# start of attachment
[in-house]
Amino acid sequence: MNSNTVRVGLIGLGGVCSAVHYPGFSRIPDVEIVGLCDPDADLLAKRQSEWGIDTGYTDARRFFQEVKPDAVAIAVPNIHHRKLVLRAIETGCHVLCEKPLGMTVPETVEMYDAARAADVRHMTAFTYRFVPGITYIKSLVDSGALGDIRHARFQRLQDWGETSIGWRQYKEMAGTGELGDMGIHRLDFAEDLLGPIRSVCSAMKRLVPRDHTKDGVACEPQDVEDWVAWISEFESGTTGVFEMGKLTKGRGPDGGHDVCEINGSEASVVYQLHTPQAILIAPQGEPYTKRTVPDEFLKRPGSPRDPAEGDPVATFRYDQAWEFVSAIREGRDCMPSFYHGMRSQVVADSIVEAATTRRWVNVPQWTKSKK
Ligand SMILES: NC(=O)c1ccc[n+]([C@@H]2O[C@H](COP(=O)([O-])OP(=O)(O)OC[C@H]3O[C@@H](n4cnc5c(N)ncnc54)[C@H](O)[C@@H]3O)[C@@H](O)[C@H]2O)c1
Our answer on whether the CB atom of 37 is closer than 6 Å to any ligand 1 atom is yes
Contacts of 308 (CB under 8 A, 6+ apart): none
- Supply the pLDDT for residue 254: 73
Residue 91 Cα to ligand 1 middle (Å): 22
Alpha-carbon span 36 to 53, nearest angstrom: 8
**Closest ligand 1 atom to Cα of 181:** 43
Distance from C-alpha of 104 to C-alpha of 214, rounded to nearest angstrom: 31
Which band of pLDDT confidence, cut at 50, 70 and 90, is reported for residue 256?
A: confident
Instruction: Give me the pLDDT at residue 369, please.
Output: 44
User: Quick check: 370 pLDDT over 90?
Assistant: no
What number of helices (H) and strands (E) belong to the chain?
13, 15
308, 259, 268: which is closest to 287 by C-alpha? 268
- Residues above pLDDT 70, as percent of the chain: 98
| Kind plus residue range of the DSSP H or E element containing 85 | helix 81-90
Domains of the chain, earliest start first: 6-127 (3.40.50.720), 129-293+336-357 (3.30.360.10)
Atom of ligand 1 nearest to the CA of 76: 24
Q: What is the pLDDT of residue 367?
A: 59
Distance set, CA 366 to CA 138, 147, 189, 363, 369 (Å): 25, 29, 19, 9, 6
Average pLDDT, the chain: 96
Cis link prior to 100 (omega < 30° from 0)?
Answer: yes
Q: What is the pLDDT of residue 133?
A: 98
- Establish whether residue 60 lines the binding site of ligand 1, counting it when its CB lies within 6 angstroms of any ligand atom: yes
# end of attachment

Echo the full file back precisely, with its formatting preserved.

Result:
[in-house]
Amino acid sequence: MNSNTVRVGLIGLGGVCSAVHYPGFSRIPDVEIVGLCDPDADLLAKRQSEWGIDTGYTDARRFFQEVKPDAVAIAVPNIHHRKLVLRAIETGCHVLCEKPLGMTVPETVEMYDAARAADVRHMTAFTYRFVPGITYIKSLVDSGALGDIRHARFQRLQDWGETSIGWRQYKEMAGTGELGDMGIHRLDFAEDLLGPIRSVCSAMKRLVPRDHTKDGVACEPQDVEDWVAWISEFESGTTGVFEMGKLTKGRGPDGGHDVCEINGSEASVVYQLHTPQAILIAPQGEPYTKRTVPDEFLKRPGSPRDPAEGDPVATFRYDQAWEFVSAIREGRDCMPSFYHGMRSQVVADSIVEAATTRRWVNVPQWTKSKK
Ligand SMILES: NC(=O)c1ccc[n+]([C@@H]2O[C@H](COP(=O)([O-])OP(=O)(O)OC[C@H]3O[C@@H](n4cnc5c(N)ncnc54)[C@H](O)[C@@H]3O)[C@@H](O)[C@H]2O)c1
Our answer on whether the CB atom of 37 is closer than 6 Å to any ligand 1 atom is yes
Contacts of 308 (CB under 8 A, 6+ apart): none
- Supply the pLDDT for residue 254: 73
Residue 91 Cα to ligand 1 middle (Å): 22
Alpha-carbon span 36 to 53, nearest angstrom: 8
**Closest ligand 1 atom to Cα of 181:** 43
Distance from C-alpha of 104 to C-alpha of 214, rounded to nearest angstrom: 31
Which band of pLDDT confidence, cut at 50, 70 and 90, is reported for residue 256?
A: confident
Instruction: Give me the pLDDT at residue 369, please.
Output: 44
User: Quick check: 370 pLDDT over 90?
Assistant: no
What number of helices (H) and strands (E) belong to the chain?
13, 15
308, 259, 268: which is closest to 287 by C-alpha? 268
- Residues above pLDDT 70, as percent of the chain: 98
| Kind plus residue range of the DSSP H or E element containing 85 | helix 81-90
Domains of the chain, earliest start first: 6-127 (3.40.50.720), 129-293+336-357 (3.30.360.10)
Atom of ligand 1 nearest to the CA of 76: 24
Q: What is the pLDDT of residue 367?
A: 59
Distance set, CA 366 to CA 138, 147, 189, 363, 369 (Å): 25, 29, 19, 9, 6
Average pLDDT, the chain: 96
Cis link prior to 100 (omega < 30° from 0)?
Answer: yes
Q: What is the pLDDT of residue 133?
A: 98
- Establish whether residue 60 lines the binding site of ligand 1, counting it when its CB lies within 6 angstroms of any ligand atom: yes